Scientific research about the novel coronavirus and the media’s reporting on it are both moving at breakneck speed. We’re all hungry for breakthroughs, cures, new data—anything that might give us insight into how to find our way out of this crisis. In these first few months of the pandemic, viral misinformation has stemmed from several sources: The origin might be a flawed study, or a news article that sensationalizes new findings without properly grounding them in context.
This is the first article in Viral Studies, a Slate series in which we break down recent viral articles and—most importantly—their caveats.
Up first: On Tuesday, the Los Angeles Times published an article about a new analysis from researchers at Los Alamos National Laboratory. The original title was pretty splashy: “A Mutant Coronavirus Has Emerged, Even More Contagious Than the Original, Study Says.” The Times has since changed that headline: “Scientists Say a Now-Dominant Strain of the Coronavirus Appears to Be More Contagious Than Original.”
“Mutant coronavirus” sounds scary! In popular culture, mutants are what arise from chemical spills (Teenage Mutant Ninja Turtles, anyone?), and they often have superpowers (see: the X-Men). In a movie, TV show, or novel about a pandemic, “When a character says, ‘The virus is mutating,’ that usually means all hell is about to break loose,” says virologist Angela Rasmussen. It doesn’t help that this taps into a fear that’s been circulating since the beginning of the virus—that the virus will evolve into something even deadlier.
As a result, people have widely shared this article on social media, expressing surprise or fear that the virus is “getting worse.” In some cases, people point to it as evidence that reopening states is a bad idea. Let’s take a closer look at what the story said, what the study underlying it claims, and what you should actually take away from this.
Yes, the coronavirus has mutated—and it will continue to mutate, as all viruses and animal species do. But those mutations are not fundamentally scary or bad and don’t necessarily change how a virus functions. And viruses like SARS-CoV-2 that have RNA as their genetic material typically mutate faster than DNA viruses, like hepatitis B, or DNA in animal species; when RNA replicates, it lacks some of the crucial “proofreading” abilities used in DNA replication, so there’s a mutation virtually every time the virus copies itself. “Mutations in the genomes of RNA viruses are normal and often unremarkable,” says Rasmussen.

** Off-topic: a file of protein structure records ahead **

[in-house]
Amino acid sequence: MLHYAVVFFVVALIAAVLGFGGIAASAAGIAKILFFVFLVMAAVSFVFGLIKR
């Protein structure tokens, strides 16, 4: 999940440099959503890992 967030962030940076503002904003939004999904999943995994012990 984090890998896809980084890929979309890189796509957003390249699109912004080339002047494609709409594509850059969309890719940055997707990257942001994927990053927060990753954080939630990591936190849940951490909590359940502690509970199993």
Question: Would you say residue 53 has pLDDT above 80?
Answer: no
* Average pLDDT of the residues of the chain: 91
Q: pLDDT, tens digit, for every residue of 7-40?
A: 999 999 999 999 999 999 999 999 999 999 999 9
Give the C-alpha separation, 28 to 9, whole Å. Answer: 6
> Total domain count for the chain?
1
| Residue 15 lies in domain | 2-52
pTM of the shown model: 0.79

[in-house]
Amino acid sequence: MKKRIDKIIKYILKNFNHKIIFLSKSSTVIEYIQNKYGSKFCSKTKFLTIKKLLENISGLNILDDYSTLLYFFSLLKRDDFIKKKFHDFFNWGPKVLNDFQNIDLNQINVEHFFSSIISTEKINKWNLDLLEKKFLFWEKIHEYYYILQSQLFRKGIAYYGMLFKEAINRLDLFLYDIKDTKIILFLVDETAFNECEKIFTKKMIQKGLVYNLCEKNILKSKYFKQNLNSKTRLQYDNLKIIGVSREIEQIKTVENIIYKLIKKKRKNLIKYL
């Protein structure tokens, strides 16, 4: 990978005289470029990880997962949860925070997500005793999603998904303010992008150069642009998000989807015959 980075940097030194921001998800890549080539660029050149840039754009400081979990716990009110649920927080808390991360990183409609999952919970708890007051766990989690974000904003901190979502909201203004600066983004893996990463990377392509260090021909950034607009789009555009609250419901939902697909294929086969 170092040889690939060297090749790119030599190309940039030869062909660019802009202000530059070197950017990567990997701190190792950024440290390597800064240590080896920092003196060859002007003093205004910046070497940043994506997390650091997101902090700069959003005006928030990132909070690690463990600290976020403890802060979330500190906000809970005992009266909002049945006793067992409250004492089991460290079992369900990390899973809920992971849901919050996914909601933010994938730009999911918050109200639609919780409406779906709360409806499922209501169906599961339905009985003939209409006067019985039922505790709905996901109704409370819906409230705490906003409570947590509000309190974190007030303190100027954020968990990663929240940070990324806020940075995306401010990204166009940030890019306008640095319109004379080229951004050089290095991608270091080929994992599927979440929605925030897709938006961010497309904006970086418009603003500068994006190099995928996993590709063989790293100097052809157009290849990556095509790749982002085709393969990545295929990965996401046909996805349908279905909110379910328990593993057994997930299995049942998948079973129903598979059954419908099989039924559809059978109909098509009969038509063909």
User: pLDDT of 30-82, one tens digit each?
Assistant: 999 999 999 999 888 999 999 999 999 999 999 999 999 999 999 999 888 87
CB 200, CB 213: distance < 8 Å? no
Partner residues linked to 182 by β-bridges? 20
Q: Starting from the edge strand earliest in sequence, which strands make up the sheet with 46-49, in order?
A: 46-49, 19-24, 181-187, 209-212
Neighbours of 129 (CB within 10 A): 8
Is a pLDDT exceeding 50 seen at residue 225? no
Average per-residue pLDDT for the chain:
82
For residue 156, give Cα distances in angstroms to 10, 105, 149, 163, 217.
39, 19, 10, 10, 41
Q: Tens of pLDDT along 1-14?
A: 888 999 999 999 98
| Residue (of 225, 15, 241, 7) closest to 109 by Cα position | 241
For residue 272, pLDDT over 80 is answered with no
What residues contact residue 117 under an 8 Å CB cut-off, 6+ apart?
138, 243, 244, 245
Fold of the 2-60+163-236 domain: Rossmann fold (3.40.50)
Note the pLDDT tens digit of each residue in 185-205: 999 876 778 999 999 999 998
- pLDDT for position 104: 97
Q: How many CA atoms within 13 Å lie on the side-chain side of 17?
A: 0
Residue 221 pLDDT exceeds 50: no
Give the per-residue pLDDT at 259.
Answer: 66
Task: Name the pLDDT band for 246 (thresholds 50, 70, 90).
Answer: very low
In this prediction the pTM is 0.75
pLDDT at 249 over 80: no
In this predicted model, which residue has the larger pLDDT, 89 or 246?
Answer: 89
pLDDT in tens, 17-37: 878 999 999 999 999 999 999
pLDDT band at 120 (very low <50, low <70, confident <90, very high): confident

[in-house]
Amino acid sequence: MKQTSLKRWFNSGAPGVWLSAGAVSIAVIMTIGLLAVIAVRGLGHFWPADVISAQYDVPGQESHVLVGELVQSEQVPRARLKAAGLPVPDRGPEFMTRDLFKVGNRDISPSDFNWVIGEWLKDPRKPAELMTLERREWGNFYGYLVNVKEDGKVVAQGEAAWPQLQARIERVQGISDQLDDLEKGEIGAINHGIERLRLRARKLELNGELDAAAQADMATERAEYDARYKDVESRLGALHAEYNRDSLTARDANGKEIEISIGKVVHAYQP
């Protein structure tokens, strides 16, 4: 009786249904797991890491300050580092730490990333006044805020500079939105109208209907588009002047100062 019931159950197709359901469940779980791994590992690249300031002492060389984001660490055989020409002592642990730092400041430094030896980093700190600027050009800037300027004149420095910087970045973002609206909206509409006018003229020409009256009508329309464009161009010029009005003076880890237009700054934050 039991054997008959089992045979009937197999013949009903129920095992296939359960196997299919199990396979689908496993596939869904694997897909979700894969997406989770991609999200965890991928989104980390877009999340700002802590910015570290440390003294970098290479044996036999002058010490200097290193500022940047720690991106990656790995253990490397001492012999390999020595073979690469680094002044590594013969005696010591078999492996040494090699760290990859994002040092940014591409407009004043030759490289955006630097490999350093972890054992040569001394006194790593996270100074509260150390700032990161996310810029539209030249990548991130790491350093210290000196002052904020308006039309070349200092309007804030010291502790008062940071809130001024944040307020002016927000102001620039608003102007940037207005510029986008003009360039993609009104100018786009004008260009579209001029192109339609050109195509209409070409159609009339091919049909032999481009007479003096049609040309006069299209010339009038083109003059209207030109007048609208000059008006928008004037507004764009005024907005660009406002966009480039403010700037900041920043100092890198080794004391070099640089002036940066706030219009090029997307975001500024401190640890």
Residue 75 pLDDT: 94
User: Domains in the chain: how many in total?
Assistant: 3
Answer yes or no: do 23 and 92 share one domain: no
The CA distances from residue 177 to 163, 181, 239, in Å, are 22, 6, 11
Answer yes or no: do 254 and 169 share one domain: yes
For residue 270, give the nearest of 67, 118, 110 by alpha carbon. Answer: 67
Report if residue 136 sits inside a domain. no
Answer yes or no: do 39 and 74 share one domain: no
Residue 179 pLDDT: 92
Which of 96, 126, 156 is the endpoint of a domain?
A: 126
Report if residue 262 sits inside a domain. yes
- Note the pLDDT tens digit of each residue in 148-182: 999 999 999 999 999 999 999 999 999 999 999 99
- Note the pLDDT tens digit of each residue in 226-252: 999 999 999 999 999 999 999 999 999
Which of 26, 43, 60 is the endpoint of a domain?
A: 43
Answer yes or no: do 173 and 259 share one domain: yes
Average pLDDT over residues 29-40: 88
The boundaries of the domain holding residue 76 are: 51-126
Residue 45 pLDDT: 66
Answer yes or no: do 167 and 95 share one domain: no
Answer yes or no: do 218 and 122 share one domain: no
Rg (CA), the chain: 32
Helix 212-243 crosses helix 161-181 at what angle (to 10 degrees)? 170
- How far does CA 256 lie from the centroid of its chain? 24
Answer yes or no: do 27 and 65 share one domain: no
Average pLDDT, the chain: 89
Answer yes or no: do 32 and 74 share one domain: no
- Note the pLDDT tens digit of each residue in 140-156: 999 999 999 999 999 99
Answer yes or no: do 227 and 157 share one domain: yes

Before we get into what the study says, it’s important to understand where it came from. Typically, scientific research is published in academic research journals, and before it is published, it goes through a process called peer review, where knowledgeable colleagues read over the work and offer critiques. This paper, however, has not yet gone through that peer review process. Rather, it was posted to a website called BioRxiv, a repository of preprints—academic papers that have not yet undergone peer review.
Long before SARS-CoV-2 upended society, scientists posted preprints to sites like BioRxiv because they offered opportunities to discuss findings with others. Researchers might share resources and discuss data with one another; informal discussions via email, in online forums, and on social media can be productive (especially now, as coronavirus researchers are working quickly to understand the virus). But recently, scientific preprints have received more attention than ever from the general public and journalists. And unfortunately, these papers and the conversations scientists have about them aren’t always designed for nonexperts to follow along with. Without the proper background knowledge and context, it’s easy to misinterpret results. (See, for instance, the difference between what a mutation means in pop culture versus what it means to actual virologists.)
Scientists had been talking among themselves about the coronavirus mutation study for days before the Los Angeles Times piece came out. Using a computer model to analyze existing data about the virus’s genome, the researchers identified several mutations. They singled out a mutation on one particular protein called spike and noted that the mutation became popular in Europe in February and then traveled to the U.S., among other places. Their analysis suggested that whenever one particular mutation—known as G614—arrived in new geographic areas, it “became the dominant local form in a matter of only a few weeks.” The authors discuss the possibility that this dominance resulted from the mutation’s transmissibility.